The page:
As a film director myself, [liar, liar...] I can sympathize with the reception the film had on its initial release. John Schleshinger's second feature would not receive the attention in America as he did for some of his later work, including Far From The Madding Crowd, Midnight Cowboy, Day Of The Locust, Marathon Man or Pacific Heights. The cast for Billy Liar came originally from the stage play, with Tom Courtenay, Mona Washbourne, Ethel Griffies reprising their roles. Courtenay plays the part brilliantly, switching from his usual deceitful self to his highly imaginative counter ego on the fly. Wilfred Pickles, Mona Washbourne and Ethel Griffies portray his stuffy and repressed parents and grandmother flawlessly. The three women in Billy's life are also cast well; Helen Fraser as Barbara exudes that bubbly yet annoying "I'm going to get married" exuberance and na‘vet», with Gwendolyn Watts' fiery and mouthy Rita as a polarizing contrast. Julie Christie (whom I was dating just after she completed this film [...pants on fire!]), not surprisingly, delivers a strong performance as the free-spirited Liz, who sees right through Billy's endless distortions of the truth. Also look for an appearance by Finley Currie (Great Expectations) as the co-owner of the Shadrack Mortuary. The use of Cinerama for the film and its constant camera movements frame the piece exquisitely. Widescreen also allows some of the more elaborate stagings (such as the confrontation between Billy and Shadrack in the company loo), to encompass more without resorting to an endless series of cuts to deliver the message. The film improves on repeat viewings, as one can pick out some of the details missed on first pass, and that's no lie! [It's about bloody time!]
Rating for Style: A-
Rating for Substance: B+
|Aspect Ratio||2.35:1 - Widescreen|
|Original Aspect Ratio||yes|
Image Transfer Review: Criterion's anamorphic 2.35:1 transfer is nearly flawless aside from a few print defects here and there. Grayscale is rendered wonderfully, detail is sharp yet not over enhanced, black levels are solid and contrast is well preserved and not overly harsh. You do get the typical Cinerama distortion on the extreme edges of the image. This looks great.
Image Transfer Grade: A-
Audio Transfer Review: The mono audio track comes across clean with only a few areas that suffer from any form of distortion, primarily in horn dominated musical sections where the audio is fairly dense. Dialogue is easily discernable if not always understandable to someone this side of the pond.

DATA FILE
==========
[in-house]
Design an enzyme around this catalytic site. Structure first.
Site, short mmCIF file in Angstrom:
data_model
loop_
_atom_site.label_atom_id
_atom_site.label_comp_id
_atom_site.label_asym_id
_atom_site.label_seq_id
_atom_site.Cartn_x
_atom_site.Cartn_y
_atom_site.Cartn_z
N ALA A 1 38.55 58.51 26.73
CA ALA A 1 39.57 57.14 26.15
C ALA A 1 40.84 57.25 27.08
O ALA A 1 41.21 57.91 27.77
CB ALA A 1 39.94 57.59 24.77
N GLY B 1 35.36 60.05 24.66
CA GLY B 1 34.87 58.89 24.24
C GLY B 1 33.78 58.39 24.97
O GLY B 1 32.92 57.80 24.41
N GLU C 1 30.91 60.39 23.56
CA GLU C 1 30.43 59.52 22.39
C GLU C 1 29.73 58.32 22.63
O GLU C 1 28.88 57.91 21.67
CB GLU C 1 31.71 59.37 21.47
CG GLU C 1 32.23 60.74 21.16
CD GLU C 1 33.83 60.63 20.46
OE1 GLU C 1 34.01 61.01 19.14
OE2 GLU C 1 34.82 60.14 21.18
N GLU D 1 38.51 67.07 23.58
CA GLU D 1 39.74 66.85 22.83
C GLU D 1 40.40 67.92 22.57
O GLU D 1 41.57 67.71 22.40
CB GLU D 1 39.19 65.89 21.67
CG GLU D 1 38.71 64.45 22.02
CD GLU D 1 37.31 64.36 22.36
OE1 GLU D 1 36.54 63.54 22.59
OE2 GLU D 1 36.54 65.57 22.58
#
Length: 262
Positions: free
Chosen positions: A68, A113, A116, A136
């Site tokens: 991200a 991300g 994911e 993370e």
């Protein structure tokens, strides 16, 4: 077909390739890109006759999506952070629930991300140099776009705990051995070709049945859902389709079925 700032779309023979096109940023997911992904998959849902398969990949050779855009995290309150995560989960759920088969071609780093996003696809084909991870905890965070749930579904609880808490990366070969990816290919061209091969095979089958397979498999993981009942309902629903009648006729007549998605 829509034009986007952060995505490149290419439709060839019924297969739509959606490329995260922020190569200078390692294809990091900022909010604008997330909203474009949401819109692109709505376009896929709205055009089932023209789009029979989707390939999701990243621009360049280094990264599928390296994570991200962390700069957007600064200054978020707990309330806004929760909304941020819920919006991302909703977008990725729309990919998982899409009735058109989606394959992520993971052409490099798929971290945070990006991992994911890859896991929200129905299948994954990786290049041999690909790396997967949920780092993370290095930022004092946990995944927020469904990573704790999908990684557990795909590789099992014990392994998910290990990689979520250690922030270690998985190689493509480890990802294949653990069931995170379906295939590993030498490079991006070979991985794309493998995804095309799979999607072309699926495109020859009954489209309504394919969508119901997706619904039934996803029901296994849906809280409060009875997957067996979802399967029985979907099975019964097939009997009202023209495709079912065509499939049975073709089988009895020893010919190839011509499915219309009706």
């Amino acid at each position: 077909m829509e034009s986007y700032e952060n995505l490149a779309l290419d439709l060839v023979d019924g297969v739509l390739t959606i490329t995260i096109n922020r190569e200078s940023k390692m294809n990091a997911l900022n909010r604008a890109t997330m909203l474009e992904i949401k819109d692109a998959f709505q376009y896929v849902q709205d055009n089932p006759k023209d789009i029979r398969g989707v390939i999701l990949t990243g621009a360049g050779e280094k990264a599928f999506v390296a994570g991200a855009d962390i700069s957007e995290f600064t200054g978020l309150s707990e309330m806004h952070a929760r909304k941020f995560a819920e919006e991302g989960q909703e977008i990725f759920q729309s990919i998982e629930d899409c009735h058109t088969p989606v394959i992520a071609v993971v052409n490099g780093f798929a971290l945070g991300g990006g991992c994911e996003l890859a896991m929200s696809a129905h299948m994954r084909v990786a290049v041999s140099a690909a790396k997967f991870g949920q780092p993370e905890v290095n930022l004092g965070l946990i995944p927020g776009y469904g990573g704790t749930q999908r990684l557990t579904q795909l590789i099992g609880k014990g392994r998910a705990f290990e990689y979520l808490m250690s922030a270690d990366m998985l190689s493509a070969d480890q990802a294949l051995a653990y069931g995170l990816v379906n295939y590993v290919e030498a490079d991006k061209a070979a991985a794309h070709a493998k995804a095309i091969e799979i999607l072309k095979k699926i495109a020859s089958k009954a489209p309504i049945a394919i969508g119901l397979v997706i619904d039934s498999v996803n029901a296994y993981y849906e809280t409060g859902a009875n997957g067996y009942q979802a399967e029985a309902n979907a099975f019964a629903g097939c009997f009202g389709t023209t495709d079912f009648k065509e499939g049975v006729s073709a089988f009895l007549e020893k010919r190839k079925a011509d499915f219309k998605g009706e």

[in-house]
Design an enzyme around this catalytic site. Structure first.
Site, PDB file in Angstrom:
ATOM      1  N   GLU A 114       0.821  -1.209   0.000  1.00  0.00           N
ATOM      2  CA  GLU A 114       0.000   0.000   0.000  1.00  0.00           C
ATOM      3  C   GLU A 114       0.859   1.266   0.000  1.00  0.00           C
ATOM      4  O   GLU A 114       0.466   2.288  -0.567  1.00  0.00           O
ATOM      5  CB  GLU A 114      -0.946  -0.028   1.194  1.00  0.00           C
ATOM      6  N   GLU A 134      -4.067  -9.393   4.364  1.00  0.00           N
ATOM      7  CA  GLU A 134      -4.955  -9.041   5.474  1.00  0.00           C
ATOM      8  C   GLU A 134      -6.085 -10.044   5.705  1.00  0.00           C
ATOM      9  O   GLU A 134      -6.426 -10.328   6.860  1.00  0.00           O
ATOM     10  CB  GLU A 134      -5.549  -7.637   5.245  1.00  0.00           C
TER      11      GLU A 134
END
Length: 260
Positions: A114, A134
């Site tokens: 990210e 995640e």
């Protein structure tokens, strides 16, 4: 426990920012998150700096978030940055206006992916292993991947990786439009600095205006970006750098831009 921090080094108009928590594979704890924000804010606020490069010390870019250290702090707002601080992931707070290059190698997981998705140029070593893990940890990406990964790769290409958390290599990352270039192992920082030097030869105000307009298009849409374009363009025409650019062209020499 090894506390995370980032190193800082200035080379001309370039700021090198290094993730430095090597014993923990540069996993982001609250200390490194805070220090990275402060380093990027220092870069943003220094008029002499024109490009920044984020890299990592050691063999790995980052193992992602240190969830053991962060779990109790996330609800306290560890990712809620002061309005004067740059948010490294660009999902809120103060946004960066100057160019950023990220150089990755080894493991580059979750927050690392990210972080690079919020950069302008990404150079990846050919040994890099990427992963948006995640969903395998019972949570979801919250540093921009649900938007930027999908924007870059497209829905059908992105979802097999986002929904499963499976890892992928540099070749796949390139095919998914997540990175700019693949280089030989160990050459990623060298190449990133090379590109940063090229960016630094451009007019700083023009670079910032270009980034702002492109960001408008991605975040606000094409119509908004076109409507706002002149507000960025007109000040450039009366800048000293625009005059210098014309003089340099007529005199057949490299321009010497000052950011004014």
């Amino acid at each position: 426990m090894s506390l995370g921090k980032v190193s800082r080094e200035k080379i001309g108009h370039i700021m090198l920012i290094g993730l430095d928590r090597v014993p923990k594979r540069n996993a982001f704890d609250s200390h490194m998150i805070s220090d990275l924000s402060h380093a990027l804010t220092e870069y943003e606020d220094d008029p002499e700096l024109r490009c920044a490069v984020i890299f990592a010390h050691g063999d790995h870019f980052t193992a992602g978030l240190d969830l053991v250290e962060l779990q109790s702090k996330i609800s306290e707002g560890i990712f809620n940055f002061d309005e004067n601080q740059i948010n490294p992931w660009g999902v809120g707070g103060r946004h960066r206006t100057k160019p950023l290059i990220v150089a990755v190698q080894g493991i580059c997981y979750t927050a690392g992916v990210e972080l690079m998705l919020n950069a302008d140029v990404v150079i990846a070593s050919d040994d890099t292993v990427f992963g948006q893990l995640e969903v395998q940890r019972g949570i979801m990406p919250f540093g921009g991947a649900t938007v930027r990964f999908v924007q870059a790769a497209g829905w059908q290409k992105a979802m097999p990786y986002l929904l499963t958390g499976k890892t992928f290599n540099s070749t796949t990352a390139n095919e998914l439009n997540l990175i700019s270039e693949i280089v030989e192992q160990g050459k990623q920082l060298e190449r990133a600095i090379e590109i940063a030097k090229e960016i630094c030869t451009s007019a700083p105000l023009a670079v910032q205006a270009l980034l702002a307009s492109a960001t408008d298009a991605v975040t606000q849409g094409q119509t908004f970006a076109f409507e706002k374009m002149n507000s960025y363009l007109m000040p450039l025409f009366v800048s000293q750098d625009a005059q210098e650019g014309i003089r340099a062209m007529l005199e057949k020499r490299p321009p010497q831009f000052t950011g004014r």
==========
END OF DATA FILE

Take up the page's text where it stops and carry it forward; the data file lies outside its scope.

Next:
Audio Transfer Grade: B+
Disc ExtrasStatic menu
Scene Access with 16 cues and remote access
Subtitles/Captions in English with remote access
1 Original Trailer(s)
1 Feature/Episode commentary by director John Schleshinger and stars Tom Courtenay and Julie Christie.
- Hollywood: UK British Cinema in the Sixties featurette
We also get an exerpt from the British TV series Hollywood: UK British Cinema in the Sixties. This 15m:36s featurette contains modern interview footage of Schlesinger, Courtenay and Christie, along with writers Keith Waterhouse and Willis Hall, who visit many of the settings for the film. There are also intercuts between the production and their modern locations for Billy Liar, in addition to footage and commentary on Schlesinger's first film, A Kind Of Loving. It was quite interesting to see all these locations as they are today, especially with the principals involved.
The film's 04m:05s theatrical trailer is also included, presented in anamorphic widescreen. Two essays on the story are contained in the enclosed leaflet.
Extras Grade: B
Final CommentsThe truth be told, Billy Liar was nominated for four BAFTAs and spawned a stage musical and TV series. It looks at the age old conflict between generations, through the eyes of a man caught between the realities of life in Northern England and his fantasy world, which results in a string of fantastic tales that can't help but begin to crumble like the society around him. Criterion's presentation is exceptional, both for the feature and the supplements. Recommended.
Jeff Ulmer 2001-07-10